Two proposed rules concerning the federal recruitment and appointment of military spouses and emergency preparedness for certain nuclear reactors were deemed significant under E.O. 12866—meaning that they could have large impacts on the economy, environment, public health, or state or local governments. Significant actions may also conflict with presidential priorities or other agency rules. The Trump administration in 2020 has issued 20 significant proposed rules and 28 significant final rules as of May 29.
Not all rules issued by the Trump administration are regulatory actions. Some rules are deregulatory actions pursuant to President Trump’s (R) Executive Order 13771, which requires federal agencies to eliminate two old significant regulations for each new significant regulation issued.
Ballotpedia maintains page counts and other information about the Federal Register as part of its Administrative State Project. The project is a neutral, nonpartisan encyclopedic resource that defines and analyzes the administrative state, including its philosophical origins, legal and judicial precedents, and scholarly examinations of its consequences. The project also monitors and reports on measures of federal government activity.
Click here to find more information about weekly additions to the Federal Register in 2018 and 2017: https://ballotpedia.org/Changes_to_the_Federal_Register
Click here to find yearly information about additions to the Federal Register from 1936 to 2018: https://ballotpedia.org/Historical_additions_to_the_Federal_Register,_1936-2018
New regulations from the U.S Department of Labor (DOL) might allow the public to hold the agency more accountable for decisions it makes during adjudication.
On May 20, Secretary of Labor Eugene Scalia published a final rule that establishes a system allowing him to review cases decided by the agency Administrative Review Board (ARB) and Board of Alien Labor Certification Appeals (BALCA).
The rule empowers the secretary of labor to oversee appeals from decisions made by agency Administrative Law Judges (ALJs). ALJs are officials who preside over federal administrative hearings. By giving the secretary more responsibility for the outcome of appeals from agency hearings, the rule gives the public an official to hold accountable for agency decisions.
According to the text of the rule published in the Federal Register, previous rules created the ARB and BALCA to make intra-agency appeals decisions in the name of the secretary of labor without giving the secretary a way to review the power exercised on his or her behalf.
In an op-ed announcing the rule, Scalia argued, “Our new system allows the ARB to continue its important work deciding administrative appeals, but gives the Secretary the authority to step in when a case is wrongly decided. The new regulations also contain due process protections so the Department fairly exercises its dual roles as litigant and judge.”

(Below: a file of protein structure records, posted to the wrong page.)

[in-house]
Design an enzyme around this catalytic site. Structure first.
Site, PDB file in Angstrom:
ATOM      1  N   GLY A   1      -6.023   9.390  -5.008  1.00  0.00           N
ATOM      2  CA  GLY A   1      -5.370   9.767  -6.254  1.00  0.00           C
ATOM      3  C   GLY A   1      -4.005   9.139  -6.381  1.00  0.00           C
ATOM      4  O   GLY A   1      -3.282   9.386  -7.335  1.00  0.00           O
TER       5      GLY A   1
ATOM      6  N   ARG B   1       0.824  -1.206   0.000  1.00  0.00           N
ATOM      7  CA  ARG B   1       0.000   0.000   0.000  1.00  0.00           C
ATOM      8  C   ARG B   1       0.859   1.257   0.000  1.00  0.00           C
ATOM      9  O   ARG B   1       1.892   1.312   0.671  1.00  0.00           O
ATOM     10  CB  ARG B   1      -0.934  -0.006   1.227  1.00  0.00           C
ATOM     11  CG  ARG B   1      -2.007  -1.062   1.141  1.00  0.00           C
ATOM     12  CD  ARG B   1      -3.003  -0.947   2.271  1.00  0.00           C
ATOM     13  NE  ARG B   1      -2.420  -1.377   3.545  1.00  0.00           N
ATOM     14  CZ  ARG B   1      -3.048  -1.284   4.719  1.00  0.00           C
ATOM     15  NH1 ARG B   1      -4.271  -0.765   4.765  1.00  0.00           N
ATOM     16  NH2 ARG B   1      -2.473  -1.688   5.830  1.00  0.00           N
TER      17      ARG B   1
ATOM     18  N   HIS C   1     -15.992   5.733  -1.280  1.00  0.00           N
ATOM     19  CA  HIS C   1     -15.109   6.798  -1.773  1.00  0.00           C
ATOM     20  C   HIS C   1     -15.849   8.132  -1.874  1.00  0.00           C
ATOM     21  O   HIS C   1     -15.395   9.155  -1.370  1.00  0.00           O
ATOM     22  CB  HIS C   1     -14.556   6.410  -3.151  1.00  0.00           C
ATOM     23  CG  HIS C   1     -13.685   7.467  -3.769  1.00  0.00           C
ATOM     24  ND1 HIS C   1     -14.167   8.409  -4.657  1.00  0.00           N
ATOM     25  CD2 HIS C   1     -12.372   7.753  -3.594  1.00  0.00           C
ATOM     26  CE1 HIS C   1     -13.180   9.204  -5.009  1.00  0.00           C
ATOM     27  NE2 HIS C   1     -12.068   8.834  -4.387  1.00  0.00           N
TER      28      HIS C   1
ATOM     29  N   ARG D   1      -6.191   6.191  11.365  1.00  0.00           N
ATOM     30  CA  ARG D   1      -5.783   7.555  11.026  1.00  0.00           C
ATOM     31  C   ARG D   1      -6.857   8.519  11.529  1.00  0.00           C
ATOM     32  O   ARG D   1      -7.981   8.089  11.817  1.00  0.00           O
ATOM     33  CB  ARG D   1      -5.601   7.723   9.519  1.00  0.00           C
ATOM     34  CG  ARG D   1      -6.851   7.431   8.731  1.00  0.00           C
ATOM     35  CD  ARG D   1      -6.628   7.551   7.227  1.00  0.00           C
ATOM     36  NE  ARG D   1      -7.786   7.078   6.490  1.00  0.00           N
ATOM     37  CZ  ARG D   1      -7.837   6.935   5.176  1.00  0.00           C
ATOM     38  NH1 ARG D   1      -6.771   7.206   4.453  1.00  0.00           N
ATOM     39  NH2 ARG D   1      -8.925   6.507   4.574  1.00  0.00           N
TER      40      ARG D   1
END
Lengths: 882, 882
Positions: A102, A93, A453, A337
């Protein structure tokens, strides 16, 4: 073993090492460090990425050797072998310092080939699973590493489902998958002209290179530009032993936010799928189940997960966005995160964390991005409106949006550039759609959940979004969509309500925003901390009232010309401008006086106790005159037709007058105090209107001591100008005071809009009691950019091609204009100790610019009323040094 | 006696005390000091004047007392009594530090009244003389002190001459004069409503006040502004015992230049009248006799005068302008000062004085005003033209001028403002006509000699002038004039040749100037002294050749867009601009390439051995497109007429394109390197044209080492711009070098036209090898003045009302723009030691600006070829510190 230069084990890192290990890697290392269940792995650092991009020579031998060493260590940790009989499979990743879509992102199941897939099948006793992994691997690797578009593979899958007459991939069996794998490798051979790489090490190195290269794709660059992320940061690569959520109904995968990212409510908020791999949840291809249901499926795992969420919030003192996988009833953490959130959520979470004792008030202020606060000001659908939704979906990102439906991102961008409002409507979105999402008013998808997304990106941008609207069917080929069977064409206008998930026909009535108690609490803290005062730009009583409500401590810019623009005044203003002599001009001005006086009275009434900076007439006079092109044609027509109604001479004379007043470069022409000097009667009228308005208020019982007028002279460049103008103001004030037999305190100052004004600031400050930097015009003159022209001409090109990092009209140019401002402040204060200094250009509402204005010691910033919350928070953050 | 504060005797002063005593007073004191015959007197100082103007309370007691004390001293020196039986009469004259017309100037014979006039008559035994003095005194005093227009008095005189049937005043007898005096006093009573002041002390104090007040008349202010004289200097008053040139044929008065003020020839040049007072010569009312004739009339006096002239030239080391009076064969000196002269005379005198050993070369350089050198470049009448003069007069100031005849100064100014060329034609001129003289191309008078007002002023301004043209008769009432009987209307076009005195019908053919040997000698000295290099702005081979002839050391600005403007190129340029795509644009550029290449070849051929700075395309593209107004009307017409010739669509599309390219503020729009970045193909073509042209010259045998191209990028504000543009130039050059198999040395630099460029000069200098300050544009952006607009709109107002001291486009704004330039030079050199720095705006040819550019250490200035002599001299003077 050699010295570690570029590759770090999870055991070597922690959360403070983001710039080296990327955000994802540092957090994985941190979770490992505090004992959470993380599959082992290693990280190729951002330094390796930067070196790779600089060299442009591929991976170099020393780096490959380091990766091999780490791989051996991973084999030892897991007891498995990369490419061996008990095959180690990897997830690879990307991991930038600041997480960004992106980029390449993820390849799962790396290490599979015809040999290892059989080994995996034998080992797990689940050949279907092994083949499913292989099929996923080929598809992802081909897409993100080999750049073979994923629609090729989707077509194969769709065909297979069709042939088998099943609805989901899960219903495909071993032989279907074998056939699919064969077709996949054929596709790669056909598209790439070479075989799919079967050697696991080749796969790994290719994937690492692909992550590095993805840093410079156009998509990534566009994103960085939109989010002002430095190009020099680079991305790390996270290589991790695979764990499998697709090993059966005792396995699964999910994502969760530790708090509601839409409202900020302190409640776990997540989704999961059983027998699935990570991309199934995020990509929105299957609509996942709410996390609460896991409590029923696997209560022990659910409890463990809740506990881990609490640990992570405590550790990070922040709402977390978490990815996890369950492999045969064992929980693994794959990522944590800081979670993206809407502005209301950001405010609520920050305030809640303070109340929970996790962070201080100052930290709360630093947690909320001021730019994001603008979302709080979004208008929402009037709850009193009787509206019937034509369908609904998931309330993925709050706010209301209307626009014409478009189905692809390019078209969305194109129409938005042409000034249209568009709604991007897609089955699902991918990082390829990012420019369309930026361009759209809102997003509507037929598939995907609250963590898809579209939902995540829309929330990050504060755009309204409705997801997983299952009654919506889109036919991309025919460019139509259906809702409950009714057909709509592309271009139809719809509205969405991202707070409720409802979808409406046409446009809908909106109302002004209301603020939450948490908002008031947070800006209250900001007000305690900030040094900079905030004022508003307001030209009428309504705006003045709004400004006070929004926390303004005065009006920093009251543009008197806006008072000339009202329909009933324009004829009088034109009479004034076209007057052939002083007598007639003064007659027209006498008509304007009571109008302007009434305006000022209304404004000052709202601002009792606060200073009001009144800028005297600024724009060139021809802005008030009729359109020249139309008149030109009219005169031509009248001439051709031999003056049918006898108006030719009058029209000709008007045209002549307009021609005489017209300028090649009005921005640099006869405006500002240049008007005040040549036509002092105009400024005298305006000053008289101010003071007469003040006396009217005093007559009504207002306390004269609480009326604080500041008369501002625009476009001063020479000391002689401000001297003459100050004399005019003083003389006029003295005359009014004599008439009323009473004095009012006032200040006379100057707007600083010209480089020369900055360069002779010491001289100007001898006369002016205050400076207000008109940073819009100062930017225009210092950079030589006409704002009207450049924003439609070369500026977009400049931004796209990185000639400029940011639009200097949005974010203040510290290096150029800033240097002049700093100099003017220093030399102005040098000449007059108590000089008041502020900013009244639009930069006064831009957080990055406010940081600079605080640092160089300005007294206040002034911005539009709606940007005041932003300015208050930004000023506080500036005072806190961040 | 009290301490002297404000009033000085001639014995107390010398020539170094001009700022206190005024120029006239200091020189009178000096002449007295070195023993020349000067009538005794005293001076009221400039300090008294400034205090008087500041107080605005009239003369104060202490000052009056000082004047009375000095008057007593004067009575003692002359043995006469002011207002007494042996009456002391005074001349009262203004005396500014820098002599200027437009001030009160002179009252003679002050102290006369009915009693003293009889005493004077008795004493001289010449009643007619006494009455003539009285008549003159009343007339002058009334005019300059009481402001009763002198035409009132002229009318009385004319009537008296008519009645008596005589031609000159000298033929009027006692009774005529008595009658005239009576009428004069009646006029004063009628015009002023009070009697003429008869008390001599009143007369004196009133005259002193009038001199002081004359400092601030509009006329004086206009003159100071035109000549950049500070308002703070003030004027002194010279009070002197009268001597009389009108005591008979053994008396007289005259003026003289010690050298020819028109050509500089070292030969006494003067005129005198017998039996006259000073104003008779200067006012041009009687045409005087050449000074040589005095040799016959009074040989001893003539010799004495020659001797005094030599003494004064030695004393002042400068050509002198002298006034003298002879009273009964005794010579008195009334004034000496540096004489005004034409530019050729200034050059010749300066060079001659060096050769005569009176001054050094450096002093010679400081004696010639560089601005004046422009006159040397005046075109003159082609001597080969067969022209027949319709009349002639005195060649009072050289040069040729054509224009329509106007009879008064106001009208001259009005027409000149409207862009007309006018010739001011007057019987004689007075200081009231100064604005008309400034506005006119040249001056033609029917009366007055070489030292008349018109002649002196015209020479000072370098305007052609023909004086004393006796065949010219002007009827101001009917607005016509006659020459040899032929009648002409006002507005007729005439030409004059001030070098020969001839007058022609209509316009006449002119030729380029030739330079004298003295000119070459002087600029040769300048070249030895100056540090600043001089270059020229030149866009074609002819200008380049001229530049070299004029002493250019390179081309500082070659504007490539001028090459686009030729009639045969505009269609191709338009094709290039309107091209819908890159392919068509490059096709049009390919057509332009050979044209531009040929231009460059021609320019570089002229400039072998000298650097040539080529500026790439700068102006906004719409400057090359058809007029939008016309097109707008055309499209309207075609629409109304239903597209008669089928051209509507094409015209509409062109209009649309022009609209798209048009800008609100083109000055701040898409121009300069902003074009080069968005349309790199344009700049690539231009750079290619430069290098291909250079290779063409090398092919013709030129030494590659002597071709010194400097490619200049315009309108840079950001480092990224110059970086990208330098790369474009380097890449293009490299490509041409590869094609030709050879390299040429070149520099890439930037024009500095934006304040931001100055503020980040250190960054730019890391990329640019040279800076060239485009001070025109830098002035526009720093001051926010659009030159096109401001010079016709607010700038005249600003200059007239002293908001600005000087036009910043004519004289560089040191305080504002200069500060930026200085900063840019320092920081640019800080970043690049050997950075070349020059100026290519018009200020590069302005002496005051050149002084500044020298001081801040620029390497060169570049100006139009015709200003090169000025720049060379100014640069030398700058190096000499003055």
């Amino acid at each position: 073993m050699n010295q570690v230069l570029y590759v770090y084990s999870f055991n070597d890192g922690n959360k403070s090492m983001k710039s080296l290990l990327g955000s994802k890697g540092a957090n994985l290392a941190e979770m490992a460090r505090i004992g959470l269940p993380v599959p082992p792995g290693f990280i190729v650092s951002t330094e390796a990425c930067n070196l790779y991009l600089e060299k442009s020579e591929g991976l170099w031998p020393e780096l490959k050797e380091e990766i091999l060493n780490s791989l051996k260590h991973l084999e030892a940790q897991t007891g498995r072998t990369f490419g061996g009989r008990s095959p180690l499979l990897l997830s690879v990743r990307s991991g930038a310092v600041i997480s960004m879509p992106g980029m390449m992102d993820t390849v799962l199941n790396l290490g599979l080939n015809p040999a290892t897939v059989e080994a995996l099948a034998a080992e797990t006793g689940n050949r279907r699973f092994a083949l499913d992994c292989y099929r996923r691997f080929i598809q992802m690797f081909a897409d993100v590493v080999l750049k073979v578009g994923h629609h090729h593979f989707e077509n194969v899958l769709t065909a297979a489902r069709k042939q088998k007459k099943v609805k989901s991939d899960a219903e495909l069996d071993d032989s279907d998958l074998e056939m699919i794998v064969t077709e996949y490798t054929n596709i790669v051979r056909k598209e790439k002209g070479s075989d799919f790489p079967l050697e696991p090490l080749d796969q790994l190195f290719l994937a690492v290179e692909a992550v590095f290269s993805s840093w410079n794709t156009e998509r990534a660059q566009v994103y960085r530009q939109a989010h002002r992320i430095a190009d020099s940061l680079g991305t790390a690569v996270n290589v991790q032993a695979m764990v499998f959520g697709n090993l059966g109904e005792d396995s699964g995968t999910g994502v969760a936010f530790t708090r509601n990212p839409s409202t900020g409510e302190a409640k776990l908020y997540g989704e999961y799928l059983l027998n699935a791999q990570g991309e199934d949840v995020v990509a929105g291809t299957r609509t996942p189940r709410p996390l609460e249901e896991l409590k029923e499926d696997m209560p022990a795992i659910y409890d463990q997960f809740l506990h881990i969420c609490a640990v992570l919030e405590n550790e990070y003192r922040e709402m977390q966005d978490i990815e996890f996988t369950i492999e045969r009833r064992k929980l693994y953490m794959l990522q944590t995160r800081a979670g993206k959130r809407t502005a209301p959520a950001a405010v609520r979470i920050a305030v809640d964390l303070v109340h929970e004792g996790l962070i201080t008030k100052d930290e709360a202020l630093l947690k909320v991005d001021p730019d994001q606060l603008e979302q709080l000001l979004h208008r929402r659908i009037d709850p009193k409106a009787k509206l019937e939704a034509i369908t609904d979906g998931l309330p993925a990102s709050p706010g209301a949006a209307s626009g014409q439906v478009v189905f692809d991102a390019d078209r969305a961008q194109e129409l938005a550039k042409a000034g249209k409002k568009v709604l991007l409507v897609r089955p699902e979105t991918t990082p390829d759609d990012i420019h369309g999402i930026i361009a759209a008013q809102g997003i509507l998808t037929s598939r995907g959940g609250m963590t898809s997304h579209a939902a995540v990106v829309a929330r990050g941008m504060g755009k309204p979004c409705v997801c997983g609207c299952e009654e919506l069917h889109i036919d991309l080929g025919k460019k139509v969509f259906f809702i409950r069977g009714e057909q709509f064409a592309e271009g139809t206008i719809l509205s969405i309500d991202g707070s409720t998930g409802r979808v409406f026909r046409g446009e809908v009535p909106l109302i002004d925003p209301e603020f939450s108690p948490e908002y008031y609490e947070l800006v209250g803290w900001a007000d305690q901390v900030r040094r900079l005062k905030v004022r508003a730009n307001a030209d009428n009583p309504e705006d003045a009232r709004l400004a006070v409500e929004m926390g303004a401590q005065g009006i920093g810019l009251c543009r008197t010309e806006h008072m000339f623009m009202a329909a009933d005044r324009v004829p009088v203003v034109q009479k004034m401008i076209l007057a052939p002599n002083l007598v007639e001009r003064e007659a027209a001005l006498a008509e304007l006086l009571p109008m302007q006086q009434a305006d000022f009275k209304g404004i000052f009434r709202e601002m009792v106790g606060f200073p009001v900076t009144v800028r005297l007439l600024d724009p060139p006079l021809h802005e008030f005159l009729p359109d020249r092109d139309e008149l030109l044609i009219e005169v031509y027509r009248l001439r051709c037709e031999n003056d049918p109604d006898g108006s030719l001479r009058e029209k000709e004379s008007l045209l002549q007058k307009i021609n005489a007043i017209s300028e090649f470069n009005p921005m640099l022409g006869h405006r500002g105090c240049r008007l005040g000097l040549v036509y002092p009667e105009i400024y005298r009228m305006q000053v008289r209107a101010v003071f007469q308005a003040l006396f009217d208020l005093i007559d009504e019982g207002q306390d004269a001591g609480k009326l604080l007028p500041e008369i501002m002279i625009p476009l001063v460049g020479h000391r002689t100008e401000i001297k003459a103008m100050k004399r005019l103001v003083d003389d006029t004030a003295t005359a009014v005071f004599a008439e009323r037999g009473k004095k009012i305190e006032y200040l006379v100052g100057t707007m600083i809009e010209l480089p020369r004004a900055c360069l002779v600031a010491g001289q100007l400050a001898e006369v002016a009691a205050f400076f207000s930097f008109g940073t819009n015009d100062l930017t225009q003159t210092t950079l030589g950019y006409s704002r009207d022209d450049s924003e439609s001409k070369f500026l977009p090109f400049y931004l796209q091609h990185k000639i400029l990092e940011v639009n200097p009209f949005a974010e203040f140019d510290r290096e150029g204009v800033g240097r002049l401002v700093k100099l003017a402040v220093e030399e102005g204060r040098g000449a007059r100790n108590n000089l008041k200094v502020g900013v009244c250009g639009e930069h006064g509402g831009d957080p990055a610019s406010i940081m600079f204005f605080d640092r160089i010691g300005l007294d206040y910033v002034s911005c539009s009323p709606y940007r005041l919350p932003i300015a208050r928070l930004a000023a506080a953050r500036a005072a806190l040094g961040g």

Seth Harris, who worked for the DOL when the ARB was created, opposes the plan, arguing that giving the secretary review authority over appeals might bias agency decision making. “The idea that this is an impartial, quasi-judicial panel is blown to smithereens because the secretary, if he gets lobbied by one party or the other, can simply overturn what the board has decided,” Harris told Bloomberg Law.
Supporters of giving the secretary more control of appeals include David Fortney, who worked for the DOL under George H.W. Bush. Fortney told Bloomberg Law that “I think that, on its face, it sounds modest—it’s not. It is terribly important because every major program that the Labor Department administers and enforces largely goes through the ARB, and this will ensure that there aren’t rogue decisions.”
Adjudication is the way agencies resolve disputes between the agency and people or between two private parties. Through adjudication, agencies will issue an order to settle the dispute and, in some cases, set agency policy for similar cases in the future. This new rule gives the secretary of labor more power in the adjudication process.
The rule is scheduled to go into effect on June 19, 2020.
- Administrative law judge
- Final rule
- Eugene Scalia
- U.S. Department of Labor
- Administrative State Project
Link to Bloomberg Law article:
On May 29, 2020, the United States Supreme Court rejected a challenge to California’s religious gathering limits, which order attendance in churches or places of worship to a maximum of 25% or 100 attendees.
The 5-4 decision was joined by Chief Justice Roberts who warned against intervening in emergencies: “Where those broad limits are not exceeded, they should not be subject to second-guessing by an ‘unelected federal judiciary,’ which lacks the background, competence, and expertise to assess public health and is not accountable to the people.”